Yes life will never be the same, but being alive and witnessing another day is something to smile about.
For those in treatment, head up, it will pass and you will find the new and redefined you; better days are up ahead just keep strong and stay positive.
Glad to hear you're still kickin', April. Good on you.
Those side effects are garbage, no doubt about it .. but I think you can overcome it. All the best, mate, teachers are wonderful and precious, can't lose a single one of them !
This is a real tight community and I appreciate all the information. I have a friend that went through HPV treatment (chemo and proton therapy radiation) and is still having severe side-effects 3 1/2 months later. Is this normal? There are some days where his throat is almost completely closed. Just trying to see if others have experienced the same thing. Even with proton he has very little saliva, but we are hoping that returns back to at least 75% eventually. Thanks in advance for the replies.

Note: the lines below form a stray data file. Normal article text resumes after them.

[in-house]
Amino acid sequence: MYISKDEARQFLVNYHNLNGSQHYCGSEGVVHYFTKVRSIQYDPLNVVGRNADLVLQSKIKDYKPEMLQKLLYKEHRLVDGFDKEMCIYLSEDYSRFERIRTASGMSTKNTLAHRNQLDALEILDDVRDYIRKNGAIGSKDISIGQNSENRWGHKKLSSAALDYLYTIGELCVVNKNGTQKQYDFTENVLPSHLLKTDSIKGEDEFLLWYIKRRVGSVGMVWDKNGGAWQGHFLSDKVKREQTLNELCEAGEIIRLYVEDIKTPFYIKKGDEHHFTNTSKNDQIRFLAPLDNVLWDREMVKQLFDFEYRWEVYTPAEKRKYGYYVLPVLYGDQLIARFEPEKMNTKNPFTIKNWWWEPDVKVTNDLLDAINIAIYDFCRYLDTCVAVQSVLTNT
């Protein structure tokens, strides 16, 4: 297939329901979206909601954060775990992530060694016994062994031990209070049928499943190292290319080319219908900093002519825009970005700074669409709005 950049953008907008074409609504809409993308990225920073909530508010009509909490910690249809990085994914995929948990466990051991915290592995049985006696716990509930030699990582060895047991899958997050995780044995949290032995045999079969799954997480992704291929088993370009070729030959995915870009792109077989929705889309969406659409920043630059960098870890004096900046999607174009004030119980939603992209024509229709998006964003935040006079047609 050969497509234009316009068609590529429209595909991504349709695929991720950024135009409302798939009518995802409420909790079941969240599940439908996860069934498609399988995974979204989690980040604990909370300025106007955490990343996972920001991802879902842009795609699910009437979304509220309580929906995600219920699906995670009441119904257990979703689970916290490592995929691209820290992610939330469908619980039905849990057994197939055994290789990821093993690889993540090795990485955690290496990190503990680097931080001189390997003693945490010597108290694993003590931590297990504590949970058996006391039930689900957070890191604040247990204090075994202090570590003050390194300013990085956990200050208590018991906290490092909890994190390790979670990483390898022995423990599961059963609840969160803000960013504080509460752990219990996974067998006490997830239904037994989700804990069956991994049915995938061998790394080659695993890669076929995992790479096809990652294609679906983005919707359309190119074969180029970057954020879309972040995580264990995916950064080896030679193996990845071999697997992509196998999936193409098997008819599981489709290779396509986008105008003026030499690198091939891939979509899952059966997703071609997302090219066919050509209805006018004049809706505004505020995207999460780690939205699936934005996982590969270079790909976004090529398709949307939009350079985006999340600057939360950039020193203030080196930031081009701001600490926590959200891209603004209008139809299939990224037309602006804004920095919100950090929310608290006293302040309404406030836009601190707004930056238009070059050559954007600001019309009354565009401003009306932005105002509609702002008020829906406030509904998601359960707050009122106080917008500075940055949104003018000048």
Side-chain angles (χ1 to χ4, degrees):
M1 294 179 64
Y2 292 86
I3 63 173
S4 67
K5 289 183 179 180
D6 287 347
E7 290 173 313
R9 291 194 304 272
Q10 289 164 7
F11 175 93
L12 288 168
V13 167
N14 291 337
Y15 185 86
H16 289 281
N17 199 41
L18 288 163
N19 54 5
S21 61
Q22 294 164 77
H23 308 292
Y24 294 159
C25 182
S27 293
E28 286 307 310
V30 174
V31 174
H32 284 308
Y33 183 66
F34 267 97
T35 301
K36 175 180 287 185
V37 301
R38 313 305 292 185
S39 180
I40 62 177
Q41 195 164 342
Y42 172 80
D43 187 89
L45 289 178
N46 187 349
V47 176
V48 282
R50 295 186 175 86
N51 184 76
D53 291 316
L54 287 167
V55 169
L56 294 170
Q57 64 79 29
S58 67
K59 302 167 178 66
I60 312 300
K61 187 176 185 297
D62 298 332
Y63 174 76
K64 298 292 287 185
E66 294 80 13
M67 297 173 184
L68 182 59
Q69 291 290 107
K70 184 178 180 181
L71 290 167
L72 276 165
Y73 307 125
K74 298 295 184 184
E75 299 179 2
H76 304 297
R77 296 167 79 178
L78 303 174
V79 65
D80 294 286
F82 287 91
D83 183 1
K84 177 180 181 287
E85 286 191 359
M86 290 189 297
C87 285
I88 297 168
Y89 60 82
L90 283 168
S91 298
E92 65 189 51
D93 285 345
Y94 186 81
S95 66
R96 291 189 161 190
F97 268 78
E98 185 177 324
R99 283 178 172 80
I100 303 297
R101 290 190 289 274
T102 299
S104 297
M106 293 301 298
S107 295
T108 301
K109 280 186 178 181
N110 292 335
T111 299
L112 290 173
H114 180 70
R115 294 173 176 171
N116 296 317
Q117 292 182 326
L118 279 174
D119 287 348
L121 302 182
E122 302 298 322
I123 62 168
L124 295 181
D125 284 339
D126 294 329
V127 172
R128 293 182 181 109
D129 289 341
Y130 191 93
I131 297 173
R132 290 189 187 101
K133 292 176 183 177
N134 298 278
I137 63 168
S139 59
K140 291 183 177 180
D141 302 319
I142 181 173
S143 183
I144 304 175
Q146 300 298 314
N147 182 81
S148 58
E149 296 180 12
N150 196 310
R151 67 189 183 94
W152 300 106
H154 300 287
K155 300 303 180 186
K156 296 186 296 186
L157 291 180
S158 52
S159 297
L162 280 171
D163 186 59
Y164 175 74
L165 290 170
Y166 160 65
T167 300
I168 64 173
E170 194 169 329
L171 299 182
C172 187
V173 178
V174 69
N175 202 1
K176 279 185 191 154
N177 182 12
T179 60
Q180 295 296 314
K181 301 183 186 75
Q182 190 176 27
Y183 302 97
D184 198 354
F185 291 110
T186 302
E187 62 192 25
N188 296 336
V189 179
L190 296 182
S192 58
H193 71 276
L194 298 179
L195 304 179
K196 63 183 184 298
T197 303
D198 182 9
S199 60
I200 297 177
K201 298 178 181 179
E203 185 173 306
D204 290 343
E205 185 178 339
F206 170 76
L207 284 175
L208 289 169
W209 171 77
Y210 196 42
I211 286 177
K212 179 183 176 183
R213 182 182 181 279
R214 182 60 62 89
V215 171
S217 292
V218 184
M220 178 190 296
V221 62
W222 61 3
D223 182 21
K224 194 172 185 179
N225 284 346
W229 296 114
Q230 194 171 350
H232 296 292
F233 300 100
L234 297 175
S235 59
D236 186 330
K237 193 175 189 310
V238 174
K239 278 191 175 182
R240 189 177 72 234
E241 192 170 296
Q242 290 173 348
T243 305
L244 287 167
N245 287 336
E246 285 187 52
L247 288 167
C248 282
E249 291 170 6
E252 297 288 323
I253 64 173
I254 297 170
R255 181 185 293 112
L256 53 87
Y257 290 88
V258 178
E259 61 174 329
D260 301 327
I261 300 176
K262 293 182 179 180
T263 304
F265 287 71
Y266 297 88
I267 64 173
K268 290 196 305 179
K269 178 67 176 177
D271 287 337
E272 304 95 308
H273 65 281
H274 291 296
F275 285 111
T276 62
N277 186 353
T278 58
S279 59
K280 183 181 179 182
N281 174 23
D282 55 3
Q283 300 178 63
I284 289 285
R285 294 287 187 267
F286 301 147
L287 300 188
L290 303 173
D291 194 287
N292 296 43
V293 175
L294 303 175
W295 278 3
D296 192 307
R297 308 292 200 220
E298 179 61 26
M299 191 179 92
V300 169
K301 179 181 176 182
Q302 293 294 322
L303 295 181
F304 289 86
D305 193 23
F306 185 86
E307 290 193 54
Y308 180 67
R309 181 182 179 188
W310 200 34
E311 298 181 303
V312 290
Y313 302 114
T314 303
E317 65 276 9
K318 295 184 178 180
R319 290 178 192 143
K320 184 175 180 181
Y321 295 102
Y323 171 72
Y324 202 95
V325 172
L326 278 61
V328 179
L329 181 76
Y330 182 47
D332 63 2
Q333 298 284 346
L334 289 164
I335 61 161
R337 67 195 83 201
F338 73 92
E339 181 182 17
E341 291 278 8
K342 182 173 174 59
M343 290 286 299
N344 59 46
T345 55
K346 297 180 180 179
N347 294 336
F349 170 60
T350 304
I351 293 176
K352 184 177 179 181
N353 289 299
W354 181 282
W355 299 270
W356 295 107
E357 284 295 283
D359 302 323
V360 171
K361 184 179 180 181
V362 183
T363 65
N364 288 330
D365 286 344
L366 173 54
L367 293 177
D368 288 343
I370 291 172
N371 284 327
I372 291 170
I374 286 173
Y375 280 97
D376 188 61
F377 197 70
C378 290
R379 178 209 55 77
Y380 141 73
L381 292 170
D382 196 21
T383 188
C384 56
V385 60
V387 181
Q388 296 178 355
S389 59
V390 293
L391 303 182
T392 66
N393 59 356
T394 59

Hi Mate - no doubt everybody's mileage will vary, but for me the first six months out of treatment were oppressive. I don't think I had my PEG feeding tube removed until about 5 months out (from memory). I had mucosa damage, rancid-taste dysgeusia, a bunch of issues that affected eating and nourishment - if your friend can get eating sooner, they may start to thrive sooner as well.
But be ready for significant issues over the entire recovery phase - I'm coming up to my 5 year anniversary and it's only just now that I'm feeling good again ... and that's not because I have NO side effects (I have a bunch, some severe) it's because I've learned to accept them and work around them.
If your friend is only a few months out, they may not even know if the treatment worked or not ? Be ready for a lot of stress and distress at that time (where you want an all-clear PET scan). But yeah, even if they're in the clear, they may still need support and understanding.